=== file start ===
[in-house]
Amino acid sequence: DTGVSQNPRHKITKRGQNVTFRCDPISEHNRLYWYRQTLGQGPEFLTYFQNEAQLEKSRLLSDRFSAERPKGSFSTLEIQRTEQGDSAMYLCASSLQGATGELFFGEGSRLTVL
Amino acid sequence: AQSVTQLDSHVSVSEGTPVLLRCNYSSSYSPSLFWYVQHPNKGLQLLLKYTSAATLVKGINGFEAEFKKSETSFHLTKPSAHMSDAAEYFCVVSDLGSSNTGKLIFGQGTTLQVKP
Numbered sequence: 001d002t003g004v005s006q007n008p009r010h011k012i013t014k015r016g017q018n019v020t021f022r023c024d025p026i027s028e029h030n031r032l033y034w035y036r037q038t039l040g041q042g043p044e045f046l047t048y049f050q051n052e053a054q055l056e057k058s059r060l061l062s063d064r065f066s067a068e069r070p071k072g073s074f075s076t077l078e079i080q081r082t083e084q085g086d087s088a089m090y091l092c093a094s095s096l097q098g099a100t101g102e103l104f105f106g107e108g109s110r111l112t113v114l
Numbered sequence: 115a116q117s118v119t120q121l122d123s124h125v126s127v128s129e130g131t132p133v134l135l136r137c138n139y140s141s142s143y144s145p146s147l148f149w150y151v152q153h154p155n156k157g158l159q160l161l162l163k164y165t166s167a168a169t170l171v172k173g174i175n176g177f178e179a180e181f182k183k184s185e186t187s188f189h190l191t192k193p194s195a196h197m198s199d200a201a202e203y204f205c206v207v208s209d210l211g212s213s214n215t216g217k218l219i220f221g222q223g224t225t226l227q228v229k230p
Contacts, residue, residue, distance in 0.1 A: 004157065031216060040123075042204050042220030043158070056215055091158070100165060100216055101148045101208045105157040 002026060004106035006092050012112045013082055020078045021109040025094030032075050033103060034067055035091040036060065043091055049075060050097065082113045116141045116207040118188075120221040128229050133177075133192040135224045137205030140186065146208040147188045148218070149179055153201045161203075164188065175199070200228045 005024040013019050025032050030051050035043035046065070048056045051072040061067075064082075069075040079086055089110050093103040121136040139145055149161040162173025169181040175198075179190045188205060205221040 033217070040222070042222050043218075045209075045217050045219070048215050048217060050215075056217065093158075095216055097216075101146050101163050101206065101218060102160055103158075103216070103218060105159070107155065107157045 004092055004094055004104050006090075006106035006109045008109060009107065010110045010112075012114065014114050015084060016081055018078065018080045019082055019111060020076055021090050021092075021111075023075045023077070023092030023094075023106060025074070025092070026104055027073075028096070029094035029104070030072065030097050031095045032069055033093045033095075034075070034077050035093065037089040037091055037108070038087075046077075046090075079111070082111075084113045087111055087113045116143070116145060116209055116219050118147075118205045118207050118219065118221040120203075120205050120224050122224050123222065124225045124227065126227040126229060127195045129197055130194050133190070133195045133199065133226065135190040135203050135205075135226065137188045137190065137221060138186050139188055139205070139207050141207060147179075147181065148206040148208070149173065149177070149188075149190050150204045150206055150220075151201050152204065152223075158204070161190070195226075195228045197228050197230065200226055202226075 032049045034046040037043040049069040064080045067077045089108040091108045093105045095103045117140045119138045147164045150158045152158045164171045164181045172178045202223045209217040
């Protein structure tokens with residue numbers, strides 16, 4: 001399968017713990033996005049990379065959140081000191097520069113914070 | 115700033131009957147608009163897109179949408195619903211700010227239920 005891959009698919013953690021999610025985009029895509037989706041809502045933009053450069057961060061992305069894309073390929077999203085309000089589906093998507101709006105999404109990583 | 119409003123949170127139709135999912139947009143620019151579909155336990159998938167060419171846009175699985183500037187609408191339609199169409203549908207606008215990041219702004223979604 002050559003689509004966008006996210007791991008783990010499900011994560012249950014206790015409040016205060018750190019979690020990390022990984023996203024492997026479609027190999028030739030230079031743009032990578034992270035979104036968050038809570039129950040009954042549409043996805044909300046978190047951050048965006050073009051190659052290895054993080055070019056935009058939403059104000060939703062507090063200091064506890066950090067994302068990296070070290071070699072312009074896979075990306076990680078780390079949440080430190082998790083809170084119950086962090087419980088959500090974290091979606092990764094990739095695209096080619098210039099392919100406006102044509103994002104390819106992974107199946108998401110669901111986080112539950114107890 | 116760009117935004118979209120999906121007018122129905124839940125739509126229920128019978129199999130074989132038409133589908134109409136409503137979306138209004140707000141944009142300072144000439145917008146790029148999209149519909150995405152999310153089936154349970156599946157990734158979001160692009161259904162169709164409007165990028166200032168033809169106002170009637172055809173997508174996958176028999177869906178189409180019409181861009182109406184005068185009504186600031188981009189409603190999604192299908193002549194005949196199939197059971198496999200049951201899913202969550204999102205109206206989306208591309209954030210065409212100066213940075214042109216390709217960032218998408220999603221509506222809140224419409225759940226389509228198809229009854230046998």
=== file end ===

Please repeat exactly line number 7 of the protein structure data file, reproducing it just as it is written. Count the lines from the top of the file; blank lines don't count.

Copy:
């Protein structure tokens with residue numbers, strides 16, 4: 001399968017713990033996005049990379065959140081000191097520069113914070 | 115700033131009957147608009163897109179949408195619903211700010227239920 005891959009698919013953690021999610025985009029895509037989706041809502045933009053450069057961060061992305069894309073390929077999203085309000089589906093998507101709006105999404109990583 | 119409003123949170127139709135999912139947009143620019151579909155336990159998938167060419171846009175699985183500037187609408191339609199169409203549908207606008215990041219702004223979604 002050559003689509004966008006996210007791991008783990010499900011994560012249950014206790015409040016205060018750190019979690020990390022990984023996203024492997026479609027190999028030739030230079031743009032990578034992270035979104036968050038809570039129950040009954042549409043996805044909300046978190047951050048965006050073009051190659052290895054993080055070019056935009058939403059104000060939703062507090063200091064506890066950090067994302068990296070070290071070699072312009074896979075990306076990680078780390079949440080430190082998790083809170084119950086962090087419980088959500090974290091979606092990764094990739095695209096080619098210039099392919100406006102044509103994002104390819106992974107199946108998401110669901111986080112539950114107890 | 116760009117935004118979209120999906121007018122129905124839940125739509126229920128019978129199999130074989132038409133589908134109409136409503137979306138209004140707000141944009142300072144000439145917008146790029148999209149519909150995405152999310153089936154349970156599946157990734158979001160692009161259904162169709164409007165990028166200032168033809169106002170009637172055809173997508174996958176028999177869906178189409180019409181861009182109406184005068185009504186600031188981009189409603190999604192299908193002549194005949196199939197059971198496999200049951201899913202969550204999102205109206206989306208591309209954030210065409212100066213940075214042109216390709217960032218998408220999603221509506222809140224419409225759940226389509228198809229009854230046998």